Back in October (!) I came across this commentary on the documentary "Waiting for Superman". The meat of the article is in this quote:
Where did you think great teachers come from? That they spring fully formed from the head of Zeus? Just about everybody who’s an accomplished teacher used to be an ineffective teacher, and as the maker of a documentary about first year teachers, I’m totally confused that you don’t seem to understand this. If you want to talk about great teachers, but don’t have anything to say about the conditions under which teachers become great, you are at a different stadium than where the game is happening.
(Hint, by the way: in order to become great, teachers need to make and then learn from their mistakes. What kind of environment fosters making and learning from your mistakes? Fear that you will lose your job over your kids’ test scores? Or maybe transparent, non-defensive collegiality? Okay, good job on that one, now the followup: what kind of education policies are going to create the environment that fosters growth?)
I couldn't agree with that more. Not because I think I'm a great teacher, but because I think I'm still making and learning from my mistakes. He also linked to another criticism of the film where the main complaint was the confusion on what it means to create an environment where learning happens in a classroom.
Here's a snarky comic strip on what to do to encourage students to read their textbooks. I agree with the premise (that reading the textbook is important) but I'm not sure I completely agree with the message.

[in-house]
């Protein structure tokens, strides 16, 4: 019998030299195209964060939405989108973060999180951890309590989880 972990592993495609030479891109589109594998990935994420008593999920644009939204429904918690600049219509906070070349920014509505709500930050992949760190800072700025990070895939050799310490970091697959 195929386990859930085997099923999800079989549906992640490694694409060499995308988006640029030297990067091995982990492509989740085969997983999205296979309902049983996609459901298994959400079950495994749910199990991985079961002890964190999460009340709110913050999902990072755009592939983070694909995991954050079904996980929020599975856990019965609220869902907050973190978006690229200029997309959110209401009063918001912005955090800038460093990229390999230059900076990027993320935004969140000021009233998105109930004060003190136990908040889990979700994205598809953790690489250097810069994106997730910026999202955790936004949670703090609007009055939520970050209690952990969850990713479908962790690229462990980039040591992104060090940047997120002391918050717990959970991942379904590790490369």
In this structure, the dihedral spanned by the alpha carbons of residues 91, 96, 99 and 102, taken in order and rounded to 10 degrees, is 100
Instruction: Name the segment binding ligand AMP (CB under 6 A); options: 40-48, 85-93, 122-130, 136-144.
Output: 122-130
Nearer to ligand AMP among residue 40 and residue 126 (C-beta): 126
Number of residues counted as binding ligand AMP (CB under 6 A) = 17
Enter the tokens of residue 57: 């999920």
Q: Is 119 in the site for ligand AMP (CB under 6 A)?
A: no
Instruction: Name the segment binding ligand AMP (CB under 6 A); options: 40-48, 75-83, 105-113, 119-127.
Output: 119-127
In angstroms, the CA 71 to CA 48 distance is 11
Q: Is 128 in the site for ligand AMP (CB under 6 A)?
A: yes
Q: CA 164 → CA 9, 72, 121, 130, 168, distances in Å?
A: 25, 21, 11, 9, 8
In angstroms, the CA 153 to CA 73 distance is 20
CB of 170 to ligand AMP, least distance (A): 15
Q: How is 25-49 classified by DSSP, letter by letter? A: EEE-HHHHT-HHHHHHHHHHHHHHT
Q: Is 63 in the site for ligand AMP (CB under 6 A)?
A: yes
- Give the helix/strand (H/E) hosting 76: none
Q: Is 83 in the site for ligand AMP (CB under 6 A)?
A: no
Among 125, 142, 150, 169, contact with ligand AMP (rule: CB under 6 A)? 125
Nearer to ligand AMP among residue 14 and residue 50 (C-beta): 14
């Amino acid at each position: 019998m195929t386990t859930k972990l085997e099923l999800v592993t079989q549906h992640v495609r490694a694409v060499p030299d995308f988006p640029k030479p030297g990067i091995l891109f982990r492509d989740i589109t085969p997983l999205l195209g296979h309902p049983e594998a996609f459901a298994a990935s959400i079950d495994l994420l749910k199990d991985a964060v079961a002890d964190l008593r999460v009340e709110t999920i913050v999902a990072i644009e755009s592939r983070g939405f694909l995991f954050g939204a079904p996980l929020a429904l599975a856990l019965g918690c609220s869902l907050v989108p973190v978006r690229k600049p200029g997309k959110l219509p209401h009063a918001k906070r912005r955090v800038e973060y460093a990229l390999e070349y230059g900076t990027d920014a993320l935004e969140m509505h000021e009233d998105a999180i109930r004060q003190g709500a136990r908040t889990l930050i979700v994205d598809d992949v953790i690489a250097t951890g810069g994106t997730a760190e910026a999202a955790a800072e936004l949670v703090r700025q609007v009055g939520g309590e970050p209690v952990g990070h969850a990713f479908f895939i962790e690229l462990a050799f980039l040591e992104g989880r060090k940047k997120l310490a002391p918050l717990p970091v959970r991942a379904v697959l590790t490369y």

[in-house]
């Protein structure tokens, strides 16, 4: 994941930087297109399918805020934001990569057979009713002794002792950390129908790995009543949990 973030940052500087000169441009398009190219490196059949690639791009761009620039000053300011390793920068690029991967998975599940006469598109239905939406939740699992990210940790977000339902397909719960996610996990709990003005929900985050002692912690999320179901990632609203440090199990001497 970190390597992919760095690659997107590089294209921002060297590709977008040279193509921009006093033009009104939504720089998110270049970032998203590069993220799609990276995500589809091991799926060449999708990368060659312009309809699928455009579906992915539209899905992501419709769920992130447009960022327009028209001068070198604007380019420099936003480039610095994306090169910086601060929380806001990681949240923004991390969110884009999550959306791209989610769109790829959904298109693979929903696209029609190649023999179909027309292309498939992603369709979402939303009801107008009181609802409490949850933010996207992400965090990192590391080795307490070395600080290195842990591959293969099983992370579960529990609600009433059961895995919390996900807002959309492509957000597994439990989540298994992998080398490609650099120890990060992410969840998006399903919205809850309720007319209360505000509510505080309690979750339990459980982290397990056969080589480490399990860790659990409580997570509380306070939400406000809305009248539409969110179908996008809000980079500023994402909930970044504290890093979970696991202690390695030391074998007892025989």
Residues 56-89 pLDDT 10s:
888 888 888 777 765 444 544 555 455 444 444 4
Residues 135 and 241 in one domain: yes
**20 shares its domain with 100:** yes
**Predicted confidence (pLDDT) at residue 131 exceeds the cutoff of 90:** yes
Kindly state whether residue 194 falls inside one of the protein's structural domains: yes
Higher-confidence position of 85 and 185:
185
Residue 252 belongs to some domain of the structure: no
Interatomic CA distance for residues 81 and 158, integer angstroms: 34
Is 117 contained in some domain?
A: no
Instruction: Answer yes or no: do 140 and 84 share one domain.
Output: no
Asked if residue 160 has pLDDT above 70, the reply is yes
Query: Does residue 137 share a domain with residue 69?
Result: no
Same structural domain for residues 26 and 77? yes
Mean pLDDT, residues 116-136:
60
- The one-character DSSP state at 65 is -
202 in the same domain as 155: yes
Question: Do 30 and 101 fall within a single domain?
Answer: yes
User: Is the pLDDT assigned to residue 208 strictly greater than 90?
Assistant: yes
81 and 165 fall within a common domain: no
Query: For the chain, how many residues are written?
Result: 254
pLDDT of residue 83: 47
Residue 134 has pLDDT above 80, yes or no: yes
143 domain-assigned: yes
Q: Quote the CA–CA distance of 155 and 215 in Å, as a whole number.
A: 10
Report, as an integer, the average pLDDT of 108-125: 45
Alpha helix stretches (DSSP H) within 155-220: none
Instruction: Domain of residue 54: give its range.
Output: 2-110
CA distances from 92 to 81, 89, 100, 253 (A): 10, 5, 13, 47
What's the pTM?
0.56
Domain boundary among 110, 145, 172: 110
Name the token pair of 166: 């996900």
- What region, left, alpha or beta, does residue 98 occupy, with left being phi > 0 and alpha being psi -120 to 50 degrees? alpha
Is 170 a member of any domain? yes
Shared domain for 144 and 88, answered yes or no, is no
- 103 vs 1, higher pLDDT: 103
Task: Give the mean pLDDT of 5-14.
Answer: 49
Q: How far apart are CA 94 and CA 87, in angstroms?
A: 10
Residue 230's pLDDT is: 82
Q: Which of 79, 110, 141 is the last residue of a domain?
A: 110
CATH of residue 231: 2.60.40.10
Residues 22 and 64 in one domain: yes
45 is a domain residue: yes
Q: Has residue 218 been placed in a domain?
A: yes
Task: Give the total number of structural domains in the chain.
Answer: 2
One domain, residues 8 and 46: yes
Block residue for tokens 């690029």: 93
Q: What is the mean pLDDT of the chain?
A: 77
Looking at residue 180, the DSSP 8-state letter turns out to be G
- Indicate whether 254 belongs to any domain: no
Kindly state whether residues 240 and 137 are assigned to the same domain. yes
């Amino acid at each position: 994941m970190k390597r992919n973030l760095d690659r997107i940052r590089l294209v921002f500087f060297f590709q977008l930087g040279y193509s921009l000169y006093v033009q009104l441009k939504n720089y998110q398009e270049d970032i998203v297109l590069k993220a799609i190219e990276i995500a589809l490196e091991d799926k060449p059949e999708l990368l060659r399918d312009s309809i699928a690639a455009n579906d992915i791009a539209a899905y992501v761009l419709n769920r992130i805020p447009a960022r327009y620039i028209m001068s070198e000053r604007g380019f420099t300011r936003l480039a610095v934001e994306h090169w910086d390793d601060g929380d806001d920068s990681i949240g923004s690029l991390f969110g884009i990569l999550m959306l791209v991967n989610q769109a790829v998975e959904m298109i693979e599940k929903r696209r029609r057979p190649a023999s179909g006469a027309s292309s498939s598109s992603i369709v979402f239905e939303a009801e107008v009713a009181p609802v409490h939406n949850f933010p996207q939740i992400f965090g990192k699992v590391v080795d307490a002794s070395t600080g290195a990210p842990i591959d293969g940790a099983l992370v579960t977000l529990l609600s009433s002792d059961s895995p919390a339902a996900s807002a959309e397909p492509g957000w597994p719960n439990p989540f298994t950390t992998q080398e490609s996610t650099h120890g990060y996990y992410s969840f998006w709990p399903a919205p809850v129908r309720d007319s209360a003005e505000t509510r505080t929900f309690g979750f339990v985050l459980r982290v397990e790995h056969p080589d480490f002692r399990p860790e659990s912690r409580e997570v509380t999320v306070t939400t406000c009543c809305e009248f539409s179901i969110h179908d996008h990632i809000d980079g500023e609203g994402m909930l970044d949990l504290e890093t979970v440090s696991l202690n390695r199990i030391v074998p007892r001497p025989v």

Bill Nye talks to Popular Mechanics about teaching evolution in schools, but I was struck by this:
So we want to excite a new generation of kids—every generation—about the passion, beauty and joy—the PB&J—of science.
Passion, beauty and joy are often forgotten in teaching science. I suppose I'm guilty of it many times, too. Plus, cool acronym!
Here's a guide to what seminar speakers are really saying that was recently posted over at Science. I'm really thrilled that the colloquium speakers we get in our department are usually really good and interesting to listen to.
A well-known astronomy textbook author (and his wife? Not sure.) had a jokey letter to the editor published in the New York Times. Thankfully, it was really brief.
There's an article in last month's American Journal of Physics that explores what was discussed in over 300 conversations students had while doing clicker questions in an intro astronomy class. I haven't (yet) read that article, but Stephanie Chasteen at The Active Class had a great summary of the article. Makes me think about what I could be doing better with the clickers.
And the last link for today comes from the president of the National Council of Teachers of Mathematics who wrote an article with the provocative title: "Endless Algebra - the Deadly Pathway from High School Mathematics to College Mathematics".